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NOAA Diving Units Partner for Research

Aug 07
Two divers look at shipwreck covered in a swirl of fishes

NOAA Divers Will Sassorossi and Ensign Sara Thompson explore the shipwreck of the Schurz.

NOAA divers from Monitor National Marine Sanctuary (MNMS), the National Centers for Coastal Ocean Science (NCCOS), and the NOAA Ship Nancy Foster are partnering for a multi-year study of World War I and World War II shipwrecks off North Carolina. 

The goal of the partnership is to characterize the archaeological and biological status of shipwrecks and rocky reefs in proposed expansion areas of MNMS, using high-resolution video and acoustic imaging, remote sensing equipment, and visual assessments. This was the first year of the study, which kicked off with an expedition aboard NOAA Ship Nancy Foster from July 4 to 15, 2017 off Beaufort, North Carolina, with most dives taking place in Onlsow Bay. The shipwrecks selected for study this year were the USS Schurz, WE Hutton, U-352, HMS Bedforshire, and the Ashkhabad.

A diver swims over a shipwreck

NOAA Diver and archaeologist Will Sassorossi investigates the forward section of the Bedforshire’s remains. 

Diver duties crossed over between biological and archaeological surveys, including videography, the installation of time-lapse video cameras and sound recorders, and conducting benthic and archaeological surveys. MNMS and NCCOS have a long history of collaboration, with each office contributing its expertise to document the history and habitats off North Carolina. The NOAA Corps officers serving on the Nancy Foster have been an essential addition to the diving teams, serving as safety divers and contributing photographic documentation of the sites.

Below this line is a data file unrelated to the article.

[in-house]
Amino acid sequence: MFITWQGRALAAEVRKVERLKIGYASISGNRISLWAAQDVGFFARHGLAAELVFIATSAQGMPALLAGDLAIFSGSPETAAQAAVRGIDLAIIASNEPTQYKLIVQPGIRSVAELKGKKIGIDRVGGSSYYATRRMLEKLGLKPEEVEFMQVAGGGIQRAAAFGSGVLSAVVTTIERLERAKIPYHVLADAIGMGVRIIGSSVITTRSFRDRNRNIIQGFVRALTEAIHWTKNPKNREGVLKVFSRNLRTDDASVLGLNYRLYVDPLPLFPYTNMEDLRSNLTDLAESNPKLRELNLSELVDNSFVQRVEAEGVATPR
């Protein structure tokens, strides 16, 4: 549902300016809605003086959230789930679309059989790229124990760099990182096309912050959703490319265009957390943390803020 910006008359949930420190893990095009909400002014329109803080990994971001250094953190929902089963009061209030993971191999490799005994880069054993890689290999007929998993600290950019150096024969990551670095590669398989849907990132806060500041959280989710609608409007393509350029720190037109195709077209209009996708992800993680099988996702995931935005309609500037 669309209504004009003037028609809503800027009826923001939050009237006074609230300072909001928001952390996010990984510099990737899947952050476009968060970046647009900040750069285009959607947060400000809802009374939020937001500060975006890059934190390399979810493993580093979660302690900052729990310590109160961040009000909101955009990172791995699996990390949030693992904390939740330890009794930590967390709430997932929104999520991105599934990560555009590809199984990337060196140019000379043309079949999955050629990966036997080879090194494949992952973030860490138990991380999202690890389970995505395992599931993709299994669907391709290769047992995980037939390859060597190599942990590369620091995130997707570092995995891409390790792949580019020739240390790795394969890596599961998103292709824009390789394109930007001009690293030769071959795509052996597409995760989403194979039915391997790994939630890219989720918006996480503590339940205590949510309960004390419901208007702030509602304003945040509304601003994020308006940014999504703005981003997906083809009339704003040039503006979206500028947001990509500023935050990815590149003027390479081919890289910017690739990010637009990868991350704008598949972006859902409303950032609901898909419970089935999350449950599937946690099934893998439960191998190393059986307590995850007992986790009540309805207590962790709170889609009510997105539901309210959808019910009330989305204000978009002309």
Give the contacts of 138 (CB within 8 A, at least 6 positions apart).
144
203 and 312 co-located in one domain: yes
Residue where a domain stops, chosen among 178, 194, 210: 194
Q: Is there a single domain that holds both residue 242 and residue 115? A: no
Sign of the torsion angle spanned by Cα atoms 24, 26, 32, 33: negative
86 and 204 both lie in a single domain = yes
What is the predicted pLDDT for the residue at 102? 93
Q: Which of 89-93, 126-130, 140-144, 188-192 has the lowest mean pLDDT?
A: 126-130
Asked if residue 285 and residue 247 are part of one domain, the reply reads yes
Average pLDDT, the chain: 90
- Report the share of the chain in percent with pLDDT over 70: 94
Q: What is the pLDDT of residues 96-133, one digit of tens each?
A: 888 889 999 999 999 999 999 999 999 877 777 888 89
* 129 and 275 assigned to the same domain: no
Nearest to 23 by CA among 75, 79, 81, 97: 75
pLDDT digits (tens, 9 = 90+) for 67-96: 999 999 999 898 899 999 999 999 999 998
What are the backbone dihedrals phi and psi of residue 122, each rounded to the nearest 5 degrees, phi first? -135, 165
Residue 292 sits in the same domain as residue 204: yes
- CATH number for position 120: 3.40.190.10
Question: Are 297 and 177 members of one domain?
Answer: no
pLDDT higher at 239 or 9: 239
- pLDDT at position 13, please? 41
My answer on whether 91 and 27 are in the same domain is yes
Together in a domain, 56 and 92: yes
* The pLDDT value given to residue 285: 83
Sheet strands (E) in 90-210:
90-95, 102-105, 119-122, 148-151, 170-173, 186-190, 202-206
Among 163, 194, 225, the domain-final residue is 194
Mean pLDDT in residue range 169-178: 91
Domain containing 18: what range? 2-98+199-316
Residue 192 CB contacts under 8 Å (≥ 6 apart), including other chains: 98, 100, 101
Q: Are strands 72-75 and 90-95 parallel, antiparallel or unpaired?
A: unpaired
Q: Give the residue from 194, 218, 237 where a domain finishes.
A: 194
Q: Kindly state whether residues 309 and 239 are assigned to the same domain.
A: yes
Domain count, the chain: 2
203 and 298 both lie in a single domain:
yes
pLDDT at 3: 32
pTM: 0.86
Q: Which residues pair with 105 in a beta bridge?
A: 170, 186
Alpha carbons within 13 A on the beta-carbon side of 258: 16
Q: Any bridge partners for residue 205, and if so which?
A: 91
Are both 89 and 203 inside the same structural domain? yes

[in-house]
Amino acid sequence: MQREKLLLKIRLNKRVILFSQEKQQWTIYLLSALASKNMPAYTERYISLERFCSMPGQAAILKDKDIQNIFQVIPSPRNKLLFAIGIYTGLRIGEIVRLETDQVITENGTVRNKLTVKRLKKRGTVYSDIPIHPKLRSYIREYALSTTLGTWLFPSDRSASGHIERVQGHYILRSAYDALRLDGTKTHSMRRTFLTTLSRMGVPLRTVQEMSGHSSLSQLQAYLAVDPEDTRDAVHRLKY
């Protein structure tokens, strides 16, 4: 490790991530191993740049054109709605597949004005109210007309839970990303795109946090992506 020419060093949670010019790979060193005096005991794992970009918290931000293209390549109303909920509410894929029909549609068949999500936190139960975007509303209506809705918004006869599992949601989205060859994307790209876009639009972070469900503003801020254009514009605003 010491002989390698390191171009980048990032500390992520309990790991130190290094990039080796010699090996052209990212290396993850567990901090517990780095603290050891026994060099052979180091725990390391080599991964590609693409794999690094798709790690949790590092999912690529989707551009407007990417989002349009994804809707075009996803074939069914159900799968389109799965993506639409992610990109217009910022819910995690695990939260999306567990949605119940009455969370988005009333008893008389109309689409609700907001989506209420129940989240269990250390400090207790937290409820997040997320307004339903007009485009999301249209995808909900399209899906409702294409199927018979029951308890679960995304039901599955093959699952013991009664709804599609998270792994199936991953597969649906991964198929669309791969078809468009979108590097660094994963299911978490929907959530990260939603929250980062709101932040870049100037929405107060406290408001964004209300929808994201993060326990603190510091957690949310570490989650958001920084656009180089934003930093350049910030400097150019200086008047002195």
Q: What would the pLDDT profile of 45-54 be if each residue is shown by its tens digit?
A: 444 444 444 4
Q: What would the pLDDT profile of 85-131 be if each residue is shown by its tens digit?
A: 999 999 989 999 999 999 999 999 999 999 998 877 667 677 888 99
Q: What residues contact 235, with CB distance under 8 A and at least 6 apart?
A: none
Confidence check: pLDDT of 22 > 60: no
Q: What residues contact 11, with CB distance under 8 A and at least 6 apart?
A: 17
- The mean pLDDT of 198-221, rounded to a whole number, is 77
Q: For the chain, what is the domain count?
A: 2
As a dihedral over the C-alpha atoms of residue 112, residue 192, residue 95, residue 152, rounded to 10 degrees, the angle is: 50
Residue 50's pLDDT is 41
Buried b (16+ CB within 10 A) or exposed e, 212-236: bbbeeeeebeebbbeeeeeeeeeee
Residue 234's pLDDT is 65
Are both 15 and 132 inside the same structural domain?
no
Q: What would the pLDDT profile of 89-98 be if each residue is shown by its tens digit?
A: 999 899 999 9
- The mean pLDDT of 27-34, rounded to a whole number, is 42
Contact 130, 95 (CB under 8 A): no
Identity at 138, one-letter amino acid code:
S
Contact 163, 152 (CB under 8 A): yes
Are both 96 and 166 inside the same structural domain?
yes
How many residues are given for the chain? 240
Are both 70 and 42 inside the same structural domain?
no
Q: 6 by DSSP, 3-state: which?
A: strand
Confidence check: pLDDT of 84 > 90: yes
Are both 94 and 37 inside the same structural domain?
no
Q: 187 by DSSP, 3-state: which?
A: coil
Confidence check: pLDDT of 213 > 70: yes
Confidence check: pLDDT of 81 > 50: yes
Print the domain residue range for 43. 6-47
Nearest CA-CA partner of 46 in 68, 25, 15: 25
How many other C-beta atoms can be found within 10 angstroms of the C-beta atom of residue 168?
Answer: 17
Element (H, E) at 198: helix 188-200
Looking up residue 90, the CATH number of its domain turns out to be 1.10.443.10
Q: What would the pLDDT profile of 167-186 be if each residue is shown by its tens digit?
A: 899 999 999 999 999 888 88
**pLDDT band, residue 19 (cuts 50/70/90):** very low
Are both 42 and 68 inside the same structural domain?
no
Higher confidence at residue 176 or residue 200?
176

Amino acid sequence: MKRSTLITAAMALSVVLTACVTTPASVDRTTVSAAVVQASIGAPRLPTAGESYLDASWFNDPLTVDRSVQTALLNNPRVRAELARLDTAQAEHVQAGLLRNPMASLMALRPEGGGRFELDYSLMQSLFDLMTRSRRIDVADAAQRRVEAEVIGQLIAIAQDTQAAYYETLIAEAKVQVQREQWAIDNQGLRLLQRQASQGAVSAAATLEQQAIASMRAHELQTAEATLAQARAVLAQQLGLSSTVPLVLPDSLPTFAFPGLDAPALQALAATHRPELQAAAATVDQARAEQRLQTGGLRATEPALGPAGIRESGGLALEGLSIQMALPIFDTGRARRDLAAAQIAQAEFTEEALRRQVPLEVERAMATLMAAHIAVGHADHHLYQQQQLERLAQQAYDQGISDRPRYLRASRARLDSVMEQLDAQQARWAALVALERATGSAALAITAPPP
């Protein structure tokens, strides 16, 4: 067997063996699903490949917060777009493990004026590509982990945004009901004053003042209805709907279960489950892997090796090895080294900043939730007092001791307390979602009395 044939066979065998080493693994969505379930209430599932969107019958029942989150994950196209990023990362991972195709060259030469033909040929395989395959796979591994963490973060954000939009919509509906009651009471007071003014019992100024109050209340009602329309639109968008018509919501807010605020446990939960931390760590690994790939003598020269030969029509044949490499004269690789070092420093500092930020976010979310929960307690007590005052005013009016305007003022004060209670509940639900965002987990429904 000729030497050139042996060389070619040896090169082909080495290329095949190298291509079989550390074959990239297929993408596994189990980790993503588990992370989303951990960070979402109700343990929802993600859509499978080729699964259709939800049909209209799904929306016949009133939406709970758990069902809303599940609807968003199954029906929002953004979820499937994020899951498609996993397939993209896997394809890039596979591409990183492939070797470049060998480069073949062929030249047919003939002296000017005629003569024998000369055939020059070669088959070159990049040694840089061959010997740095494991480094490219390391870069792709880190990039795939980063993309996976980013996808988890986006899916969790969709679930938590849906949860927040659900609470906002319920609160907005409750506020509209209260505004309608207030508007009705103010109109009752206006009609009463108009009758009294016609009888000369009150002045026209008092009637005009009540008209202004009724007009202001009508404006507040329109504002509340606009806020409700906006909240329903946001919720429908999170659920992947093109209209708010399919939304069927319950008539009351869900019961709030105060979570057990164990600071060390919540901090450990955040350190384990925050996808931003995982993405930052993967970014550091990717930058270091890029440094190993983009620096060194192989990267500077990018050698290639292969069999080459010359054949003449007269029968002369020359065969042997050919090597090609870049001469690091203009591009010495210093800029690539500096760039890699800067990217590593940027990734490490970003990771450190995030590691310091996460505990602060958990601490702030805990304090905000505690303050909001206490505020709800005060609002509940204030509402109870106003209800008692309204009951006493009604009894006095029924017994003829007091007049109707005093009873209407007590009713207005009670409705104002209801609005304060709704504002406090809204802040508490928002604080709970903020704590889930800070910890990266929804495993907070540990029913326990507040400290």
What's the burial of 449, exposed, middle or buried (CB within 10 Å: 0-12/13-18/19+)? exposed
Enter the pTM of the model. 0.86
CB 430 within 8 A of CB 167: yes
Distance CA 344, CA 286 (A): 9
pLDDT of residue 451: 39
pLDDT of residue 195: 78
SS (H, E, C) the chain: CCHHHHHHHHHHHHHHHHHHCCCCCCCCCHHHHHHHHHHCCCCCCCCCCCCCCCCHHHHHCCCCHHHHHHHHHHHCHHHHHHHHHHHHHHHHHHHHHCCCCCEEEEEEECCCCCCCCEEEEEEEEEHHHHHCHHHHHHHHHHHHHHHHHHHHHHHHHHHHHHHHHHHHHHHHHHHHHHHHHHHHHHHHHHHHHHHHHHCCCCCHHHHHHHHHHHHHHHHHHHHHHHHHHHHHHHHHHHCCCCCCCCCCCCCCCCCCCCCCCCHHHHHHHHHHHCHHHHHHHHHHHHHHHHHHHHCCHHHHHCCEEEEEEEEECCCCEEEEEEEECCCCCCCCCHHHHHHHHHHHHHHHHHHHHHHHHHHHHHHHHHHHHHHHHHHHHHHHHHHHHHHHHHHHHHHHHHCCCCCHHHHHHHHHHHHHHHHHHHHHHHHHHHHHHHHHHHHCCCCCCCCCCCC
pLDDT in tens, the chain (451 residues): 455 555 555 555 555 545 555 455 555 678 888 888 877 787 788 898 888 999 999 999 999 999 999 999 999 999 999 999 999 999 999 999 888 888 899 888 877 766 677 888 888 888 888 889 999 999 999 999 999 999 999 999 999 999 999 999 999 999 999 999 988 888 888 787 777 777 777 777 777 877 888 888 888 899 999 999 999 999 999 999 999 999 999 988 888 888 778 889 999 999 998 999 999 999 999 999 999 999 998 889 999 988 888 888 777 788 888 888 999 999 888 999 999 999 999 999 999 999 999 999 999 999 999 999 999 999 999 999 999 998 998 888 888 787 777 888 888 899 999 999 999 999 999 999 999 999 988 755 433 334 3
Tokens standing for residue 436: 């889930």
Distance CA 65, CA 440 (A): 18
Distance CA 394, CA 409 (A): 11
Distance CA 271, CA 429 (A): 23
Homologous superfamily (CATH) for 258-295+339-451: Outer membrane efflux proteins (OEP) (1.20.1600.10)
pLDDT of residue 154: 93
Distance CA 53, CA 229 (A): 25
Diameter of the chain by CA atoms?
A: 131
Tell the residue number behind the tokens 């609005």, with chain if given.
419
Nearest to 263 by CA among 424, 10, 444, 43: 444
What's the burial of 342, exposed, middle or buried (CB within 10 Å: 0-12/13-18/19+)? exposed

A diver next to a shipwreck

NOAA Ship Nancy Foster’s Executive Officer Lt. Cmdr. Tony Perry swims over the hull of the U-352.

The numerous WWII shipwrecks off North Carolina's Outer Banks have become thriving artificial reefs and a huge economic benefit to the local recreational fishing and diving communities. Data and visual documentation of these important resources will be used to educate the public about the resources contained in their coastal communities and the benefits of protecting the shipwrecks for their historical and biological significance.

Learn more about Monitor National Marine Sanctuary by visiting their website.

A swirl of fish and a barracuda at the site of a shipwreck.

The wreck of the USS Schurz has abundant marine life and many predator fish, including this barracuda. 



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